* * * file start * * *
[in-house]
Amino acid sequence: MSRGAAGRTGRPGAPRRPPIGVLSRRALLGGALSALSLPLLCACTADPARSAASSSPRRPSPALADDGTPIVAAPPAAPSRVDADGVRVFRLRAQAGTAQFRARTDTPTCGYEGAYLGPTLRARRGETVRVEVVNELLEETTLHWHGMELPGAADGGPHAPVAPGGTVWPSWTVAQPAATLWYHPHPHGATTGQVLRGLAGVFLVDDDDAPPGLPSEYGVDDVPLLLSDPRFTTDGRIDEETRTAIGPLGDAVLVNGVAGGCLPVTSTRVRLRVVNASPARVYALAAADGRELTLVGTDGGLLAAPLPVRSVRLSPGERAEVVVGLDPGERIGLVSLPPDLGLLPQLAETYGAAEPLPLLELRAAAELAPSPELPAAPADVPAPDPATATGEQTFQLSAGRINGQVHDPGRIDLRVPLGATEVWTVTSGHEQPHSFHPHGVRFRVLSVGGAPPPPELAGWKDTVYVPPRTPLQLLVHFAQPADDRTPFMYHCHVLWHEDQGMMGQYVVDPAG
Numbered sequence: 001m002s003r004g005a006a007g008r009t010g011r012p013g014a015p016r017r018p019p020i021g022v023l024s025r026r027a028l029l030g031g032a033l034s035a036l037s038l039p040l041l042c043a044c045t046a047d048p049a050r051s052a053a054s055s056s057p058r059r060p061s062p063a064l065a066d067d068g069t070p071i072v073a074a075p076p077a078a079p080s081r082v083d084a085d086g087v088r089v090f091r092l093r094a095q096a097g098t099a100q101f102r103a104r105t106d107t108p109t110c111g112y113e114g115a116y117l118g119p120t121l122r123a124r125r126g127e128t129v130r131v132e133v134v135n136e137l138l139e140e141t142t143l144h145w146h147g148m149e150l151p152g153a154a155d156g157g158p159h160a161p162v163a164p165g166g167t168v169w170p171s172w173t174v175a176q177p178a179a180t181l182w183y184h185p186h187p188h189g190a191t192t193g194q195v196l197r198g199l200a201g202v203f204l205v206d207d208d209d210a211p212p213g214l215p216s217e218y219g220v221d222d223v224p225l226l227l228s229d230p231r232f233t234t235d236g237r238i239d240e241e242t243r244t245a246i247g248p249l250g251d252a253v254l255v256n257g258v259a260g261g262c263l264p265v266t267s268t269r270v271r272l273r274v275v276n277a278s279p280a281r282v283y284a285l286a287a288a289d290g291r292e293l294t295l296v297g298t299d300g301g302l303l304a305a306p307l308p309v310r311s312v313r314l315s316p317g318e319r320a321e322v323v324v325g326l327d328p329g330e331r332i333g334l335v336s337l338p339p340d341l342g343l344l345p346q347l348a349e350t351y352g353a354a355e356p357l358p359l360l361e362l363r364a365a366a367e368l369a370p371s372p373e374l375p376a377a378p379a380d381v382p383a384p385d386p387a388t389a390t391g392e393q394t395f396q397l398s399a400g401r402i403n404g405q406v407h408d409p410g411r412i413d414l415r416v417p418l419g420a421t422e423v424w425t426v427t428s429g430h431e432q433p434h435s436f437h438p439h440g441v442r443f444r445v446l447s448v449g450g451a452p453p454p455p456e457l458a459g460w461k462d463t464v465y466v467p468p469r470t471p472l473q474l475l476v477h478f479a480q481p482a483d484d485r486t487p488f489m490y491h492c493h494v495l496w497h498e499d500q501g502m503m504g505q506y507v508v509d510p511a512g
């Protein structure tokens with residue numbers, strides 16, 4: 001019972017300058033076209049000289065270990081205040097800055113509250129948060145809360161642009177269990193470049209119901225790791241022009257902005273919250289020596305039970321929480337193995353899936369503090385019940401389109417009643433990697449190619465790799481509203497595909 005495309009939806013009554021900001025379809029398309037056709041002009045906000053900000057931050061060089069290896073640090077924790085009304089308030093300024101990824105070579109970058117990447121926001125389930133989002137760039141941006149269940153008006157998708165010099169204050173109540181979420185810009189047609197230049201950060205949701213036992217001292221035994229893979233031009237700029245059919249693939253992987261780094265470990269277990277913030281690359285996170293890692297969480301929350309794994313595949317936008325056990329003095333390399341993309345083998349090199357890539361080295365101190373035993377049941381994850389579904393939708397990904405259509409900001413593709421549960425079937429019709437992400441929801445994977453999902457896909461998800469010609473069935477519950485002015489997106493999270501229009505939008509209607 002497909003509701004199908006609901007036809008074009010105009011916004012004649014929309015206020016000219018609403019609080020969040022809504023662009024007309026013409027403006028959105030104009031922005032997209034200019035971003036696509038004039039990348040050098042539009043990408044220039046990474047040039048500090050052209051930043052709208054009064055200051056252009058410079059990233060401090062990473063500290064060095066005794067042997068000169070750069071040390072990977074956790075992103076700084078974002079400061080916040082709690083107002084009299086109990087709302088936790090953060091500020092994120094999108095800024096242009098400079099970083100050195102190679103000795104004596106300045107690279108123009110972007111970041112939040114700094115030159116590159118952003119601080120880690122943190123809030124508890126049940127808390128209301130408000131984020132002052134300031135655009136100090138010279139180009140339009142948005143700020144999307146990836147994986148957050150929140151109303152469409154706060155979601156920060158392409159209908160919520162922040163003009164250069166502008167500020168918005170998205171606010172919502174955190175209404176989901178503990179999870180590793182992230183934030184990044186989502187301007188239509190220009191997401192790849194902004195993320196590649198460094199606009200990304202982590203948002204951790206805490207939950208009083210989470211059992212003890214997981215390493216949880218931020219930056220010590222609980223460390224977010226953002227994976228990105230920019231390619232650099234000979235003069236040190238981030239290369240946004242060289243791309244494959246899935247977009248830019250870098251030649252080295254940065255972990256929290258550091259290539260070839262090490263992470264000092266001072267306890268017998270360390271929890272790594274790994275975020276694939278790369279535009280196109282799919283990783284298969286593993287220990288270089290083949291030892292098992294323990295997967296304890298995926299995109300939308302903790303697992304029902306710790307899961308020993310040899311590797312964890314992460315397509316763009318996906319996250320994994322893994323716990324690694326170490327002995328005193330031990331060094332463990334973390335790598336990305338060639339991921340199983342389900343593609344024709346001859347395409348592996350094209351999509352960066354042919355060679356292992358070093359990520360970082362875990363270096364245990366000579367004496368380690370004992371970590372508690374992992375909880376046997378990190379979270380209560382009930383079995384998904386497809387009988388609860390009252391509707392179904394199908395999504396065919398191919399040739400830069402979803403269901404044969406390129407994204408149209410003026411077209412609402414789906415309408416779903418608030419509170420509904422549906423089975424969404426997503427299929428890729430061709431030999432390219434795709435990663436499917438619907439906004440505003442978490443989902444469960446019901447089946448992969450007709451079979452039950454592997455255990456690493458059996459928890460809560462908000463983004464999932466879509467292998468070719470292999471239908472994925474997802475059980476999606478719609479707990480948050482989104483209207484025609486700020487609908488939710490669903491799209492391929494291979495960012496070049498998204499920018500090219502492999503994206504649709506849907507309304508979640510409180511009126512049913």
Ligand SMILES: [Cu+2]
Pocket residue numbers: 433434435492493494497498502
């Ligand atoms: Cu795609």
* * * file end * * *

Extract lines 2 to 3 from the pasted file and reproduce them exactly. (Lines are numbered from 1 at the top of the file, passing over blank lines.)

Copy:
Amino acid sequence: MSRGAAGRTGRPGAPRRPPIGVLSRRALLGGALSALSLPLLCACTADPARSAASSSPRRPSPALADDGTPIVAAPPAAPSRVDADGVRVFRLRAQAGTAQFRARTDTPTCGYEGAYLGPTLRARRGETVRVEVVNELLEETTLHWHGMELPGAADGGPHAPVAPGGTVWPSWTVAQPAATLWYHPHPHGATTGQVLRGLAGVFLVDDDDAPPGLPSEYGVDDVPLLLSDPRFTTDGRIDEETRTAIGPLGDAVLVNGVAGGCLPVTSTRVRLRVVNASPARVYALAAADGRELTLVGTDGGLLAAPLPVRSVRLSPGERAEVVVGLDPGERIGLVSLPPDLGLLPQLAETYGAAEPLPLLELRAAAELAPSPELPAAPADVPAPDPATATGEQTFQLSAGRINGQVHDPGRIDLRVPLGATEVWTVTSGHEQPHSFHPHGVRFRVLSVGGAPPPPELAGWKDTVYVPPRTPLQLLVHFAQPADDRTPFMYHCHVLWHEDQGMMGQYVVDPAG
Numbered sequence: 001m002s003r004g005a006a007g008r009t010g011r012p013g014a015p016r017r018p019p020i021g022v023l024s025r026r027a028l029l030g031g032a033l034s035a036l037s038l039p040l041l042c043a044c045t046a047d048p049a050r051s052a053a054s055s056s057p058r059r060p061s062p063a064l065a066d067d068g069t070p071i072v073a074a075p076p077a078a079p080s081r082v083d084a085d086g087v088r089v090f091r092l093r094a095q096a097g098t099a100q101f102r103a104r105t106d107t108p109t110c111g112y113e114g115a116y117l118g119p120t121l122r123a124r125r126g127e128t129v130r131v132e133v134v135n136e137l138l139e140e141t142t143l144h145w146h147g148m149e150l151p152g153a154a155d156g157g158p159h160a161p162v163a164p165g166g167t168v169w170p171s172w173t174v175a176q177p178a179a180t181l182w183y184h185p186h187p188h189g190a191t192t193g194q195v196l197r198g199l200a201g202v203f204l205v206d207d208d209d210a211p212p213g214l215p216s217e218y219g220v221d222d223v224p225l226l227l228s229d230p231r232f233t234t235d236g237r238i239d240e241e242t243r244t245a246i247g248p249l250g251d252a253v254l255v256n257g258v259a260g261g262c263l264p265v266t267s268t269r270v271r272l273r274v275v276n277a278s279p280a281r282v283y284a285l286a287a288a289d290g291r292e293l294t295l296v297g298t299d300g301g302l303l304a305a306p307l308p309v310r311s312v313r314l315s316p317g318e319r320a321e322v323v324v325g326l327d328p329g330e331r332i333g334l335v336s337l338p339p340d341l342g343l344l345p346q347l348a349e350t351y352g353a354a355e356p357l358p359l360l361e362l363r364a365a366a367e368l369a370p371s372p373e374l375p376a377a378p379a380d381v382p383a384p385d386p387a388t389a390t391g392e393q394t395f396q397l398s399a400g401r402i403n404g405q406v407h408d409p410g411r412i413d414l415r416v417p418l419g420a421t422e423v424w425t426v427t428s429g430h431e432q433p434h435s436f437h438p439h440g441v442r443f444r445v446l447s448v449g450g451a452p453p454p455p456e457l458a459g460w461k462d463t464v465y466v467p468p469r470t471p472l473q474l475l476v477h478f479a480q481p482a483d484d485r486t487p488f489m490y491h492c493h494v495l496w497h498e499d500q501g502m503m504g505q506y507v508v509d510p511a512g